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The origins and spread of stock-keeping: the role of cultural and environmental influences on early Neolithic animal exploitation in Europe

Published online by Cambridge University Press:  22 November 2013

Katie Manning
Affiliation:
1Institute of Archaeology, University College London, 31–34 Gordon Square, London WC1H 0PY, UK
Sean S. Downey
Affiliation:
1Institute of Archaeology, University College London, 31–34 Gordon Square, London WC1H 0PY, UK
Sue Colledge
Affiliation:
1Institute of Archaeology, University College London, 31–34 Gordon Square, London WC1H 0PY, UK
James Conolly
Affiliation:
2Department of Anthropology, Trent University, Peterborough, ON, K9J 7B8, Canada
Barbara Stopp
Affiliation:
3Institut für Prähistorische und Naturwissenschaftliche Archäologie (IPNA), Spalenring 145, CH-4055 Basel, Switzerland
Keith Dobney
Affiliation:
4Department of Archaeology, University of Aberdeen, St Mary's, Elphinstone Road, Aberdeen AB24 3UF, UK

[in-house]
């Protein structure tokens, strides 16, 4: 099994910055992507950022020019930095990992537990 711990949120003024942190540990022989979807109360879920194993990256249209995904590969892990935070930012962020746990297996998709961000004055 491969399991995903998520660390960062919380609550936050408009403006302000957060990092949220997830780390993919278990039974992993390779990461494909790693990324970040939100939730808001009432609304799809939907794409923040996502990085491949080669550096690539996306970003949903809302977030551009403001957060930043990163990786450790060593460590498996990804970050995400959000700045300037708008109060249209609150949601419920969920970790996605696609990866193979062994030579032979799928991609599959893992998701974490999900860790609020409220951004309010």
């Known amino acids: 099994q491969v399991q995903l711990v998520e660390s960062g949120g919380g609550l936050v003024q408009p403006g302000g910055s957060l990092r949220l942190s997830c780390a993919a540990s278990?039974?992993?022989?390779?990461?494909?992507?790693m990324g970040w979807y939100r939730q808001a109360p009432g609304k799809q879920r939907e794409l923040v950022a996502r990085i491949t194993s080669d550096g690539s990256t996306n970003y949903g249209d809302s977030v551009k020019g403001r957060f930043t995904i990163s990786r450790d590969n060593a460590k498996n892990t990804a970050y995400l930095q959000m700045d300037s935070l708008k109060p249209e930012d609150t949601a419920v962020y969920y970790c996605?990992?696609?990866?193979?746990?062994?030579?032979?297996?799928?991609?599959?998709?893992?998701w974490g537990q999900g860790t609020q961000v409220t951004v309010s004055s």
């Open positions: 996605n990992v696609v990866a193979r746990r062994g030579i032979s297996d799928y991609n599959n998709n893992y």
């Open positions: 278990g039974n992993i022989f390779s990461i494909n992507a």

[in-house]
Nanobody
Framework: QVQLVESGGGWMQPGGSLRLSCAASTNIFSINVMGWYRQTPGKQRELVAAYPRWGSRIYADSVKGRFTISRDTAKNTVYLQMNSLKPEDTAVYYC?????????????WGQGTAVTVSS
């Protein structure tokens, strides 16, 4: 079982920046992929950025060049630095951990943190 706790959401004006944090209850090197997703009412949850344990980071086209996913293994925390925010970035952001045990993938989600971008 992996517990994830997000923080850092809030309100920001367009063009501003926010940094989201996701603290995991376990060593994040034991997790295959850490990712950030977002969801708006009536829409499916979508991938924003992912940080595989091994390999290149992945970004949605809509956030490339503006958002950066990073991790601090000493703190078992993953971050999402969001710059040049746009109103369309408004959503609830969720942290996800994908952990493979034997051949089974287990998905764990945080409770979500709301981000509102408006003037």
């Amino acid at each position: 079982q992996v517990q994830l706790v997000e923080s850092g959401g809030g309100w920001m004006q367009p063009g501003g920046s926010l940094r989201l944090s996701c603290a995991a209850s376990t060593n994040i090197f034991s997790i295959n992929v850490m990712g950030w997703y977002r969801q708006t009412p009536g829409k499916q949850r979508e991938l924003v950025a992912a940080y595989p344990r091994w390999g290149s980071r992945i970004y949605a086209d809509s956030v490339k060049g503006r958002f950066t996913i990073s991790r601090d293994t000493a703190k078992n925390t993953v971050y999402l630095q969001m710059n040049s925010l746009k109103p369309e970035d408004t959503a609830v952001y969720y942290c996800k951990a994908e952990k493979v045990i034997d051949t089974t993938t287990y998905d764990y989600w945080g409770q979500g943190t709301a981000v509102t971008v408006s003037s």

Stephen Shennan
Affiliation:
1Institute of Archaeology, University College London, 31–34 Gordon Square, London WC1H 0PY, UK

Abstract

It has long been recognised that the proportions of Neolithic domestic animal species—cattle, pig and sheep/goat—vary from region to region, but it has hitherto been unclear how much this variability is related to cultural practices or to environmental constraints. This study uses hundreds of faunal assemblages from across Neolithic Europe to reveal the distribution of animal use between north and south, east and west. The remarkable results present us with a geography of Neolithic animal society—from the rabbit-loving Mediterranean to the beef-eaters of the north and west. They also demonstrate that the choices made by early Neolithic herders were largely determined by their environments. Cultural links appear to have played only a minor role in the species composition of early Neolithic animal societies.

Type
Research articles
Information
Copyright
Copyright © Antiquity Publications Ltd. 2013

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